The Scottish Green Party has accused energy film EDF of dictating government policy by extending the life of an East Lothian nuclear power station by seven years.
EDF announced on Tuesday the decision to extend the operating life of Torness nuclear power plant, which will be 42 years old when it is retired in 2030.
Despite Britain’s nuclear regulator approving the announcement, Green Party members criticized the decision, citing concerns about toxic waste and lack of consultation on the matter.
The Scottish Green’s infrastructure and investment spokeswoman said the move undermined democracy.
“The announcement is bad news for East Lothian and bad for Scotland,” Sarah Beattie Smith said.
“The fact that a private company can dictate energy policy for another seven years undermines democracy, both in the local community in East Lothian and nationally at a time when the Scottish government ought to be focused on our ambitious climate targets.
“Torness is almost 30 years old and we should be planning for its decommissioning. With Scotland’s abundant renewable energy resources and the need to focus on energy efficiency, we have no need for nuclear [power] and we should be investing in jobs and infrastructure that do not store up exorbitant costs for future generations.
“Torness does bring skilled jobs, but the focus of local authorities and the Scottish government must be the transfer of those skills to sustainable, renewable energy and industry.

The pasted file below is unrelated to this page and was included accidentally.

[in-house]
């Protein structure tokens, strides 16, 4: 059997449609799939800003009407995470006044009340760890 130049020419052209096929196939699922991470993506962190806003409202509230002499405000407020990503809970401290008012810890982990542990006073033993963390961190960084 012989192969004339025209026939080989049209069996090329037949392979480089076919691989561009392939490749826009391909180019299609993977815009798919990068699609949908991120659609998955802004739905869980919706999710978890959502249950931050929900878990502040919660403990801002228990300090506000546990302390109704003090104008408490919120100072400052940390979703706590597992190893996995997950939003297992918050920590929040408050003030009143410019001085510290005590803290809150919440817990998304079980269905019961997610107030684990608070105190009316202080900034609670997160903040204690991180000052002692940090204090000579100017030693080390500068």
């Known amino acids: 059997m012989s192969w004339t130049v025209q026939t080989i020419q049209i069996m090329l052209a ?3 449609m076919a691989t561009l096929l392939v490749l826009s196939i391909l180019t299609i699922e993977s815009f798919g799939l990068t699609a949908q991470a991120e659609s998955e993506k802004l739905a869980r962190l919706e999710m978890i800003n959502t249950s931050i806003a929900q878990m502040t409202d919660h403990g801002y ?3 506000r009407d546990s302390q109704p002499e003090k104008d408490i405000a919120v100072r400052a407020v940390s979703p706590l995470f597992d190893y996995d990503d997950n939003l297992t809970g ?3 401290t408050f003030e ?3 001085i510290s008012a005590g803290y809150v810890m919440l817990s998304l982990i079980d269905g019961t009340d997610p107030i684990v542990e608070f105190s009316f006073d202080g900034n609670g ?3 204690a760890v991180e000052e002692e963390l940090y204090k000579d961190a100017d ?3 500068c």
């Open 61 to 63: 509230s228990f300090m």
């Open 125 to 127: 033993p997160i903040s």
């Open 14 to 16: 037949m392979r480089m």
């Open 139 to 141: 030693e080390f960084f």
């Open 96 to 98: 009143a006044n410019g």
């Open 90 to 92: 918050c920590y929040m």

At the last count, the cost of dealing with the UK’s existing nuclear waste legacy was £100 billion (US$140 billion).
The Torness nuclear power station started generating power in 1988 and was originally intended to have a 30-year operational lifespan.
The plant employs 550 full-time staff, plus a further 180 contractors, and generates enough electricity for two million homes.
A Scottish government spokesman said: “The Scottish government supports life extensions for existing nuclear power stations, where the environmental and safety requirements continue to be met.
“Over the coming months, we intend to continue to work towards an over-arching energy strategy, setting out priorities.”
The British government signed a controversial deal to build three next generation nuclear power plants with Chinese and French investors last October.
Critics accused the government of agreeing to a “sweetheart” deal at the time and putting British security interests at risk by allowing Chinese engineers to play a key role in designing the facilities